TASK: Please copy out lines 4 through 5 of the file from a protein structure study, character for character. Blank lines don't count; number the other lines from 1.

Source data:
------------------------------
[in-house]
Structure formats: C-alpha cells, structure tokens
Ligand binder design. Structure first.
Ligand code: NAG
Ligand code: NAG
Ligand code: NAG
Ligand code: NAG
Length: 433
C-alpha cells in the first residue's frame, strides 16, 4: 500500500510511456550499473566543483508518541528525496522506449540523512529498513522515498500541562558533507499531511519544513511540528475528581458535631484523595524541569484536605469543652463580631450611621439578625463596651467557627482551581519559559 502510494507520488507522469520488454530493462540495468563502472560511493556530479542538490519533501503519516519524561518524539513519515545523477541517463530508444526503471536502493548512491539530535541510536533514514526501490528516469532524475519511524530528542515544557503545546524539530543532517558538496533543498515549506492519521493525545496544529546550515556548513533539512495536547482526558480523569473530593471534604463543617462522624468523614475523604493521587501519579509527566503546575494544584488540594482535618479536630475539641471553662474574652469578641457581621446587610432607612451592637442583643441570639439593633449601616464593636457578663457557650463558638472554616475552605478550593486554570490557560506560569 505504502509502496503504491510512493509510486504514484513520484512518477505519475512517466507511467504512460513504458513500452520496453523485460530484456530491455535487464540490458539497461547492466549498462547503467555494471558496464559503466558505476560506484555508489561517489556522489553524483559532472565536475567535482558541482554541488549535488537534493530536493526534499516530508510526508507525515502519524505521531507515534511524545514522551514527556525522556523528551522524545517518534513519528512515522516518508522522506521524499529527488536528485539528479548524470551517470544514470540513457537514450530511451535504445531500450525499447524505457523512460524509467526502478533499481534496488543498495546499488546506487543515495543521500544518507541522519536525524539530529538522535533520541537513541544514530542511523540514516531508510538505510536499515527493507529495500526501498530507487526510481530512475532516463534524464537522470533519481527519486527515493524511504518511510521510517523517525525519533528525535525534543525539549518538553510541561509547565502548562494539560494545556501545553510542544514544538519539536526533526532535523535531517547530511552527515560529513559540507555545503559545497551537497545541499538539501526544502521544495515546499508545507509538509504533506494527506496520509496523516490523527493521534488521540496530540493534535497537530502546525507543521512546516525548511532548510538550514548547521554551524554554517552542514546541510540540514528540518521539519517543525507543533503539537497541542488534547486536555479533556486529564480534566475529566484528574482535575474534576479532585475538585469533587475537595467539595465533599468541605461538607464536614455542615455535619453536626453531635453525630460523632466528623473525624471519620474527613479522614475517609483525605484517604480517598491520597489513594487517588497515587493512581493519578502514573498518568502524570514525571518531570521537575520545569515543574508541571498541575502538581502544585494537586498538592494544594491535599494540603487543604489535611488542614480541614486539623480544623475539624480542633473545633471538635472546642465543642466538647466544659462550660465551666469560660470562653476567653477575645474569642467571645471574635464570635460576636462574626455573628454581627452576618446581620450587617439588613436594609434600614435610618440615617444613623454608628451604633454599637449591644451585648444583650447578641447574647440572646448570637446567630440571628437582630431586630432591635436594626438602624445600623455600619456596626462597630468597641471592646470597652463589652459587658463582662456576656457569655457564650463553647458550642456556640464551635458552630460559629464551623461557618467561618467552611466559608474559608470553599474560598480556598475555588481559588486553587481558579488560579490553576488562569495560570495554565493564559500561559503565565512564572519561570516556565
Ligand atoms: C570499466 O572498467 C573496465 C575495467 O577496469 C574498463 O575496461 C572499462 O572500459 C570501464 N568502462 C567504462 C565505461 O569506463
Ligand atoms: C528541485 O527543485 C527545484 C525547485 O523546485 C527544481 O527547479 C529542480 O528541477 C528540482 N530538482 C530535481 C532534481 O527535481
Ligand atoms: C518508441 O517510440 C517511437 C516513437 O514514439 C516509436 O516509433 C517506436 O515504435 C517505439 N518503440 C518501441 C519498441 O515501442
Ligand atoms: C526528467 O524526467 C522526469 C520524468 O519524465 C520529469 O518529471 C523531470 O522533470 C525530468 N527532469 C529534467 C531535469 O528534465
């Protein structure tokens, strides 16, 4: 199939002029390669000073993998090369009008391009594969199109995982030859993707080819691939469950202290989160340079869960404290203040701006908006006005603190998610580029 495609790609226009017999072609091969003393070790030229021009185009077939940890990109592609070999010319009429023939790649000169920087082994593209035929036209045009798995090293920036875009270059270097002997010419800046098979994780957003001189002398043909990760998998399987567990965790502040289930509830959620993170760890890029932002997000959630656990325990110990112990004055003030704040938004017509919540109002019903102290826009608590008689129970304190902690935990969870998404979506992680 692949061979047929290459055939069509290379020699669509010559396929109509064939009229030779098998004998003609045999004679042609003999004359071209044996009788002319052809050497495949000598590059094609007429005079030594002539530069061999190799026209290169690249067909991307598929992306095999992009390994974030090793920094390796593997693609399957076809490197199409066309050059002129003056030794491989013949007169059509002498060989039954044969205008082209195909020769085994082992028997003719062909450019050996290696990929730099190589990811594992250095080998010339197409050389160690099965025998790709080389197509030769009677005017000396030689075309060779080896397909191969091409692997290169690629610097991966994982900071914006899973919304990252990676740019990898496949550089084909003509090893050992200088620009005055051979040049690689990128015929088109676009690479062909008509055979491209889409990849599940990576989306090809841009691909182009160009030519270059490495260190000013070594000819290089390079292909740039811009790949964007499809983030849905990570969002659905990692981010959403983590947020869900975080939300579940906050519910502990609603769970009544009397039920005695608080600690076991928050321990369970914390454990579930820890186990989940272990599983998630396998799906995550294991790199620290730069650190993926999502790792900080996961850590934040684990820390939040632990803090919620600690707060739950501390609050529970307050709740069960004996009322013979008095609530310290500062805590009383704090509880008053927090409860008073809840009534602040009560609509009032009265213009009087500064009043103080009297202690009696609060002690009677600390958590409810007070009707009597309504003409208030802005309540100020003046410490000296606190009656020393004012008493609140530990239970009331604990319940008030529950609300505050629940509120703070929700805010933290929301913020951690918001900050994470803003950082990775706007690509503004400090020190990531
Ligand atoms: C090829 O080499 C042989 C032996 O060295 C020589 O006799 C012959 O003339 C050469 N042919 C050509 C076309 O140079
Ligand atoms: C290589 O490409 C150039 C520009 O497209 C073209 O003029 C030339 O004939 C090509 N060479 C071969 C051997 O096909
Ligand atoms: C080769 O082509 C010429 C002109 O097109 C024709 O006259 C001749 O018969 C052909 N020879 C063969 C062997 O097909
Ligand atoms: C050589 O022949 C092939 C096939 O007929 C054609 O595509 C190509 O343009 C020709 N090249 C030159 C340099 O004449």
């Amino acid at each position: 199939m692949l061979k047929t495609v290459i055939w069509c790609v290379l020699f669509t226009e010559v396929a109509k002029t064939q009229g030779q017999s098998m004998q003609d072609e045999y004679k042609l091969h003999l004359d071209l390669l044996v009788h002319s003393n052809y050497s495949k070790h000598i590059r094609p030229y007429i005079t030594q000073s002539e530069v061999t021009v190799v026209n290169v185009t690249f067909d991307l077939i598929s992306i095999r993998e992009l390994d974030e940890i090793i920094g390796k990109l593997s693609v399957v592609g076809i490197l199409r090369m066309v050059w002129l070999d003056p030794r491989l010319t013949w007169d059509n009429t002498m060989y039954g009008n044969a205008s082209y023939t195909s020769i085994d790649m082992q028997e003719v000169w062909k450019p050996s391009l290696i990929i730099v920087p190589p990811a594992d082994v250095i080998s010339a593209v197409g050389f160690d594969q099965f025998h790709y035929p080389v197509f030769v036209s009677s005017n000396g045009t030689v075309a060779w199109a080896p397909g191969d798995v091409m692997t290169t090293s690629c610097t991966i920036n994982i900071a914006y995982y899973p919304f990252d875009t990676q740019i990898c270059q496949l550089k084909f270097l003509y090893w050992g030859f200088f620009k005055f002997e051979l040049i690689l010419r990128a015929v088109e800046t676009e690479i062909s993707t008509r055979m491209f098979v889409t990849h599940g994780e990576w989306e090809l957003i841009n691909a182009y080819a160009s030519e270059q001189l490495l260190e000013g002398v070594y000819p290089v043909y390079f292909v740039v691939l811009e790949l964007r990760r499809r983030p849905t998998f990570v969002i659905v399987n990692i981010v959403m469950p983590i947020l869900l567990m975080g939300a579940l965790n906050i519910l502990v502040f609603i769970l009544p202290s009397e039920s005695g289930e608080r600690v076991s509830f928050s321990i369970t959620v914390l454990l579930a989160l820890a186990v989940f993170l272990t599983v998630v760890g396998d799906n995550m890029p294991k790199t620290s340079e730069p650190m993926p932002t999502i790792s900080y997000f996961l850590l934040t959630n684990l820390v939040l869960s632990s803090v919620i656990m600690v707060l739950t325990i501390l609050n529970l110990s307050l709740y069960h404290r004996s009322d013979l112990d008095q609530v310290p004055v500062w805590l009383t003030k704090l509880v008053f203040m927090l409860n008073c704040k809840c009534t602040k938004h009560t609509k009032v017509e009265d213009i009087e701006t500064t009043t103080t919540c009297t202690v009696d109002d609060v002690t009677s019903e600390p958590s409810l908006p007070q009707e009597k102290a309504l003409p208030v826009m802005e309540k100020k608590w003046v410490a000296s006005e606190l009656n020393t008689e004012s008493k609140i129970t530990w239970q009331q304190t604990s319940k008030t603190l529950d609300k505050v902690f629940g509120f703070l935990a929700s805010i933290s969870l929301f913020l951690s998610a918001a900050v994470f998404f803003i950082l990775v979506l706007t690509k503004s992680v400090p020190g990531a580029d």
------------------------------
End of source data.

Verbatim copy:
Ligand code: NAG
Ligand code: NAG